The close ties between Singapore and the United Kingdom will remain unchanged after Thursday's Brexit vote. Britain will continue to be open to investments and remain committed to global trade and security.
These were the assurances given by British High Commissioner to Singapore Scott Wightman yesterday when he addressed the media a day after the results of the historic referendum in which the UK voted to leave the European Union (EU).
Describing his country as a top destination for Singaporean investment, particularly in property, infrastructure and regulated assets, he said "there's no reason to think that the decision made by the British people will have any significant bearing on the attractiveness for Singaporean investors for those sorts of assets in the UK, setting aside the short-term volatility".
Singapore also serves as a regional base to many of the more than 1,000 British companies here, he added. "Big British companies like Rolls-Royce, Standard Chartered and GlaxoSmithKline are major employers and make significant contributions to Singapore's economy, so we will continue to be very important business partners," he said at the briefing at Eden Hall, the official residence of the British High Commissioner in Singapore.
"We will continue to be very engaged in East Asia, as this is the most dynamic economic region in the world, and the UK has significant security interests at play in this region as well."
There are no figures for how many of the 30,000 to 35,000 British citizens here voted in the referendum, but for many, the result brought shock. Nearly all the 15 British expats The Sunday Times spoke to were in the Remain camp, and expressed dismay. Lawyer Mak Judge, 29, said: "The EU was a cornerstone of security... By leaving it, we are creating cracks in the systems that have ensured peace for decades."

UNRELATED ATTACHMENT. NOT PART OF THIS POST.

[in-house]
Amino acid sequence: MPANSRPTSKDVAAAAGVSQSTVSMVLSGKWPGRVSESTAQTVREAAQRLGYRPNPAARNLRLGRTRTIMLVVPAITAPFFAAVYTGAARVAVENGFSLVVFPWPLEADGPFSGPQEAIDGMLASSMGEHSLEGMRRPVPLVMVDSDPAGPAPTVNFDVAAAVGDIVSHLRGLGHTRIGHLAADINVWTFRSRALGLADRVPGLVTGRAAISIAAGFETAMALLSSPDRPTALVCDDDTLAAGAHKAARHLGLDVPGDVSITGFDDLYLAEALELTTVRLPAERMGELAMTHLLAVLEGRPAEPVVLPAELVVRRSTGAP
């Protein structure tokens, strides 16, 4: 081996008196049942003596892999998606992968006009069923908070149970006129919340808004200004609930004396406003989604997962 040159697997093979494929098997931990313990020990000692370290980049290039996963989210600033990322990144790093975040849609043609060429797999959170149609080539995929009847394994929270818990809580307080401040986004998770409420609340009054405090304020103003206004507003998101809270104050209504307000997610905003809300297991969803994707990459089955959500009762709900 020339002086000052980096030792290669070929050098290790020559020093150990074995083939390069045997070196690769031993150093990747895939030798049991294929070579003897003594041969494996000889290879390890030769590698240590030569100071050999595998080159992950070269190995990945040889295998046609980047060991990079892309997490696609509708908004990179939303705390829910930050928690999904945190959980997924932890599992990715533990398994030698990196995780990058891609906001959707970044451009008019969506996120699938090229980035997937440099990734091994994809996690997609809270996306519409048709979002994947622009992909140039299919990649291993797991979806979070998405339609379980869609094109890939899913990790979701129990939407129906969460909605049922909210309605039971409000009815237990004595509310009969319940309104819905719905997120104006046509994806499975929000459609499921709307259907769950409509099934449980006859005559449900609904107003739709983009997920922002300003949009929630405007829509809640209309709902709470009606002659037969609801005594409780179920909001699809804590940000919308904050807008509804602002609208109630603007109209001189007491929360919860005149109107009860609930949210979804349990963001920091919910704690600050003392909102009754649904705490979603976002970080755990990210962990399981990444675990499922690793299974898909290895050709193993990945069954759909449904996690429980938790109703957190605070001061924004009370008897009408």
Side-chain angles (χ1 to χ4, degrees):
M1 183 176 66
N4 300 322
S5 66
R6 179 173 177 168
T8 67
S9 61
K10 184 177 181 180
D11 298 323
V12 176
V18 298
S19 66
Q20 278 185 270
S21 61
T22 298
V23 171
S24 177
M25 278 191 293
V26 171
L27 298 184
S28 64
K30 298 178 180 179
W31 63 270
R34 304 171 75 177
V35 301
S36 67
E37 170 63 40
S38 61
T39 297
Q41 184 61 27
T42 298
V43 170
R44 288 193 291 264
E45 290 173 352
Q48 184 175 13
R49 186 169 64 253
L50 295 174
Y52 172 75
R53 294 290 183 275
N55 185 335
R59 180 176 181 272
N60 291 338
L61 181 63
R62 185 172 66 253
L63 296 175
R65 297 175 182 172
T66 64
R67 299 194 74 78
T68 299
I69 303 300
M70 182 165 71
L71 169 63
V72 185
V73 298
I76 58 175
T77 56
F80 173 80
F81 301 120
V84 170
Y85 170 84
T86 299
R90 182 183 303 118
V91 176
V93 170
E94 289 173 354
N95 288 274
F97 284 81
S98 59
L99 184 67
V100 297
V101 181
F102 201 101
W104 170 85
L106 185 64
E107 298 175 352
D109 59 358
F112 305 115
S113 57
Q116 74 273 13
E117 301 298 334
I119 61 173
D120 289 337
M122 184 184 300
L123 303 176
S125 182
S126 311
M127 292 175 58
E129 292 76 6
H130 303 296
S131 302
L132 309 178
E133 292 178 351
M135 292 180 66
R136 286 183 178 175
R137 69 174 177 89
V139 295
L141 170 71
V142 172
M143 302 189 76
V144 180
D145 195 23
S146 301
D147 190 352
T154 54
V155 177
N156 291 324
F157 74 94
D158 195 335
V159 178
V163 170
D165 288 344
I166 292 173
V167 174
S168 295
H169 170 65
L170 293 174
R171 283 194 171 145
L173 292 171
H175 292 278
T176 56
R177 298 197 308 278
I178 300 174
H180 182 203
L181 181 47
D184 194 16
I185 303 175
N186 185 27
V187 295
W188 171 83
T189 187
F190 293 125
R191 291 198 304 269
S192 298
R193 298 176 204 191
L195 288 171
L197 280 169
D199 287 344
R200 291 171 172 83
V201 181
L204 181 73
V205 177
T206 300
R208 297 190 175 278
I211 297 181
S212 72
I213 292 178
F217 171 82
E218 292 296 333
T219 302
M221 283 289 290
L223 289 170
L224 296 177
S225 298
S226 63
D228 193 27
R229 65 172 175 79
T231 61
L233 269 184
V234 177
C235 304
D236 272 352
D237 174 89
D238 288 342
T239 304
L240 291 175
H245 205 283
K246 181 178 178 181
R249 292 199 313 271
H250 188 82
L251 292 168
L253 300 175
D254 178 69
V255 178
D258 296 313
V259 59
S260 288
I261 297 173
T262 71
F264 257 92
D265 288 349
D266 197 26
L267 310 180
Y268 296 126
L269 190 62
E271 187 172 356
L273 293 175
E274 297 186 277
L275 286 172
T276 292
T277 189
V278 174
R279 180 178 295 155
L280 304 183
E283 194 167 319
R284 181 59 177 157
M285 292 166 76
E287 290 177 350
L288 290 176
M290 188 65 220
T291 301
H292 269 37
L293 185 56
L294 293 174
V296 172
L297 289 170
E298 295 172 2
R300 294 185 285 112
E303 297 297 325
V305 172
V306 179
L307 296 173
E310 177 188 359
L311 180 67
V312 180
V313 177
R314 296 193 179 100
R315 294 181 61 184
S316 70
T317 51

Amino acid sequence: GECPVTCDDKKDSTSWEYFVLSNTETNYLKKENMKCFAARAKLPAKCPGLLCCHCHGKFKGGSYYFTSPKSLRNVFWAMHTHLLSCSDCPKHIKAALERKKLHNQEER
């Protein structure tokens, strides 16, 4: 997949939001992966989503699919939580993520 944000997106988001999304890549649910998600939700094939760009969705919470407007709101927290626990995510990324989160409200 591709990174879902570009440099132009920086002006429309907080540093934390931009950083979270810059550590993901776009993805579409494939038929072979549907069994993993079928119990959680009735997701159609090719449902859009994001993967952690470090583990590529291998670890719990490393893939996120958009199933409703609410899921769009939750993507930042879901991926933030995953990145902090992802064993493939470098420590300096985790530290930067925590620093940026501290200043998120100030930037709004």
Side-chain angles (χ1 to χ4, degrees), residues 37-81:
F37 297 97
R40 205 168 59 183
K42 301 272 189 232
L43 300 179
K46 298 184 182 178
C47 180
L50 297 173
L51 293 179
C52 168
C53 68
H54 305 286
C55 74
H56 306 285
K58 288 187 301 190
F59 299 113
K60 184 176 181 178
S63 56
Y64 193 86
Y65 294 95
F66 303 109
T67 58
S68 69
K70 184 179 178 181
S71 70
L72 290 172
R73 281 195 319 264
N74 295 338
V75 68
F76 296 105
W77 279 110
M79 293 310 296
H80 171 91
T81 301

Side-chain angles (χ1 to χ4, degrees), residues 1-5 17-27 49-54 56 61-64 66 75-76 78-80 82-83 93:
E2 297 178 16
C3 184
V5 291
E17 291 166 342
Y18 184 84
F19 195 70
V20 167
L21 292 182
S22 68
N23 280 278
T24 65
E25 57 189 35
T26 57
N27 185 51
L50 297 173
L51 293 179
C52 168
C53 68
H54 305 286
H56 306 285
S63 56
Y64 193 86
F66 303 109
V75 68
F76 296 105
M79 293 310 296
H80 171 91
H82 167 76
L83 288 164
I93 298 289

Author Alice Clark-Platts, 39, who has lived in Singapore with her family for five years, said she was close to tears. "It makes us look like isolationists. We're already dealing with austerity, and now a lot of time and resources will have to be diverted.
"It's also highlighted a massive divide within our own country. I worry it will have long-term effects on the psyche of our country."
Podiatrist Alexandra Guinee, 33, said: "I wanted to remain in the EU because we have only just recovered from 10 years of recession, and with this, we will face another 10 years of uncertainty."
Ms Sara Rochat, 24, a masters student at Nanyang Technological University, wondered what she would return to in a year. "Will it be the same home? The same multicultural and open-minded Britain I left?"
But student Samantha Mei Reeve, 20, felt a renewed sense of national pride now that the UK has "autonomy", saying: "There's a lot of fear because it's a sudden change, but we have to have faith in our choice."
Retiree Patricia Saunders, 76, believes Britons must keep calm and carry on. "As with everything that Britain has faced, it will get through this. Life goes on, it has to," she said.
•Additional reporting by Muneerah Razak